Powell Implies More Rate Hikes Are Likely

In his Aug. 25 Jackson Hole Economic Symposium speech, Federal Reserve Chair Jerome Powell was overall hawkish, implying further rate hikes are likely before year-end.

He said the Fed intends to maintain their 2% inflation target and not raise it as some financial commentators have speculated. The Fed is wholly committed to bringing inflation back to this target and will raise rates “if appropriate” until they are confident inflation is “moving sustainably” towards its target.

Powell emphasized the high bar for data to convince the Fed that inflation is cooling, saying “two months of good data are only the beginning of what it will take to build confidence that inflation is moving down sustainably toward our goal.”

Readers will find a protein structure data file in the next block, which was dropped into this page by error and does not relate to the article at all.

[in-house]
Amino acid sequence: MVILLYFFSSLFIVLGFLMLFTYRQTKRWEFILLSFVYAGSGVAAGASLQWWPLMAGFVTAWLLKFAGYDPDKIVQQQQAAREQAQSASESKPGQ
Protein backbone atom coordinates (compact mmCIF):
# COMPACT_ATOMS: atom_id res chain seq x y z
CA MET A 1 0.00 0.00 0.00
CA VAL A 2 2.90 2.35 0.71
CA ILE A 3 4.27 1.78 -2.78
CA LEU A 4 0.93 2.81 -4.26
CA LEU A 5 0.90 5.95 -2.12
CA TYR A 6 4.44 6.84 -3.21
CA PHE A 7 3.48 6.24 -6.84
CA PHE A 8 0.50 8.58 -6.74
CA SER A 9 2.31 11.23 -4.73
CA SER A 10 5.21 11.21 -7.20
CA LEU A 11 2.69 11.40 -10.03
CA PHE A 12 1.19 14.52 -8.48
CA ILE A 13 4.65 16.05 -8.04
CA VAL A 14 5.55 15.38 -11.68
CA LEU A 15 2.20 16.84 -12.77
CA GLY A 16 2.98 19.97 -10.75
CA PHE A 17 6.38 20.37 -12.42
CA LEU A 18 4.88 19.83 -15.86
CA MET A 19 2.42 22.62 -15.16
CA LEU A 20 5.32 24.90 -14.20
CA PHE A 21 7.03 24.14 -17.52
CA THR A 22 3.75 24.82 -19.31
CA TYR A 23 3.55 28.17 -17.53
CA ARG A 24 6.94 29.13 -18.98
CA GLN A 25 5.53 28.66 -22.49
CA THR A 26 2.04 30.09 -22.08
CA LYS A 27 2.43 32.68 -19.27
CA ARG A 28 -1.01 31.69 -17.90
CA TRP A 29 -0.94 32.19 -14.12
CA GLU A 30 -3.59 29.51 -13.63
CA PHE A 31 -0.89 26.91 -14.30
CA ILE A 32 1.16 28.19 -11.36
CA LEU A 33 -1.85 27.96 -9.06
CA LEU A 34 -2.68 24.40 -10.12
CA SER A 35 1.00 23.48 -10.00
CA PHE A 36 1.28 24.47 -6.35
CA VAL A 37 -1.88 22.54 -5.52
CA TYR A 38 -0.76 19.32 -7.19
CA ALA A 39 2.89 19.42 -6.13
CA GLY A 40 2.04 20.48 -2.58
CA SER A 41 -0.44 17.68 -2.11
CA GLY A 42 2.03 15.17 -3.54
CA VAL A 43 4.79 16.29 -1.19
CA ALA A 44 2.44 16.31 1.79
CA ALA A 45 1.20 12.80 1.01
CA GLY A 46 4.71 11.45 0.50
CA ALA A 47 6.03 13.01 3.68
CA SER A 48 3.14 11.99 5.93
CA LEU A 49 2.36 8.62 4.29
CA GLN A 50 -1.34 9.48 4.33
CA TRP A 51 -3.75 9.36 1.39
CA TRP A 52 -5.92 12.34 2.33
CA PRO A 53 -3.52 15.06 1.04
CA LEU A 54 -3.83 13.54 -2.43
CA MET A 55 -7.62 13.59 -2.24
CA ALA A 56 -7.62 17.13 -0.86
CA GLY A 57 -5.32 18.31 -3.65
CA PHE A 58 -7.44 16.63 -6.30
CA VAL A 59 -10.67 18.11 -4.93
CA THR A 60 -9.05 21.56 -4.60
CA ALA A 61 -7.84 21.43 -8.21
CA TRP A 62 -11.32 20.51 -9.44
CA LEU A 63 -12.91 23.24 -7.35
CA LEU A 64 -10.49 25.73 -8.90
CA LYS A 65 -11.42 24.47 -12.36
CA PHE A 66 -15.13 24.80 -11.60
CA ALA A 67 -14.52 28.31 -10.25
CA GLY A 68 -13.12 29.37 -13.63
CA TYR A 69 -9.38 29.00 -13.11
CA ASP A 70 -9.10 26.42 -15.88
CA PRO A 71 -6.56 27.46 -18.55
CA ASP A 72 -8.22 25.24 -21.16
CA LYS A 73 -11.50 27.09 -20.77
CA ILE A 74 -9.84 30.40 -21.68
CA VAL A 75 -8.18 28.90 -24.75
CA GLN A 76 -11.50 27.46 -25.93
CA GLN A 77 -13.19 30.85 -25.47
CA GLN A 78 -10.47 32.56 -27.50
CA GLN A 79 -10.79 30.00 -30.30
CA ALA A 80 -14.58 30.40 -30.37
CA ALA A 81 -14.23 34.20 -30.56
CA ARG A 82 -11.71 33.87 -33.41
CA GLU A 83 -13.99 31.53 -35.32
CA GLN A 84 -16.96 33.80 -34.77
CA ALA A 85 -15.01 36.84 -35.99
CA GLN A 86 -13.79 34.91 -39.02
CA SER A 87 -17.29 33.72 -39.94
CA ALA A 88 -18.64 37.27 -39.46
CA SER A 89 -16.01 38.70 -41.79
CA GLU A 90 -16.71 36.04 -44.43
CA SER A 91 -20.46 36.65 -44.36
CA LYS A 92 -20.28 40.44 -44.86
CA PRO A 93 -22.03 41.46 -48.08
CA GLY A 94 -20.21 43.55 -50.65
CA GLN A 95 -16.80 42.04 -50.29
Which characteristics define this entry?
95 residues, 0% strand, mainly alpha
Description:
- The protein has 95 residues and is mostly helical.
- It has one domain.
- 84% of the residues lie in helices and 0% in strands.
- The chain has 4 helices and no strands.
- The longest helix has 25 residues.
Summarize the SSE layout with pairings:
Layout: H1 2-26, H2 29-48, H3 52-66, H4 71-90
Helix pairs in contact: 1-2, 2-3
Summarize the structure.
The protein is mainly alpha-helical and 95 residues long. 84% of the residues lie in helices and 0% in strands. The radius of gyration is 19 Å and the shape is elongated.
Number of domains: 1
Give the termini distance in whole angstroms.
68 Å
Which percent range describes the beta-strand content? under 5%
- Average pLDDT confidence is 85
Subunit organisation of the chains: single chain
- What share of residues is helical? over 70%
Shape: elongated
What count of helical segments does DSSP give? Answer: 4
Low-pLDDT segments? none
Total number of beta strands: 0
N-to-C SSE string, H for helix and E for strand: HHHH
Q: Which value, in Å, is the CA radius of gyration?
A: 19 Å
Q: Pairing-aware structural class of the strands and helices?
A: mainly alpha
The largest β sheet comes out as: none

Powell noted that aggregate supply and demand imbalances “still have a long way to go” before they are better aligned and no longer contributing to excess inflation. While acknowledging progress made so far in reducing goods inflation, Powell noted “restrictive monetary policy is called for” to ensure this price category continues to behave.

He was cautious in his assessment of shelter inflation, stating that the central bank is attentive to both “upside and downside risks” to this key component; house prices have risen in recent months, while new residential lease rates are still cooling. And Powell noted “further progress will be essential” in slowing increases of nonhousing service prices to restore price stability.

Durable goods orders fell 5.2% in July after a downwardly revised 4.4% increase in June. The decline followed four consecutive months of strong increases and was due to plunges in two volatile categories, transportation equipment (primarily aircraft), down 14.3%, and defense equipment, down 10.9%.  Core durable goods orders excluding those two categories—a widely-watched gauge of business spending on equipment—rose by a modest 0.1%. 

Bill Adams is a senior vice president and chief economist at Comerica. Waran Bhahirethan is a vice president and senior economist at Comerica.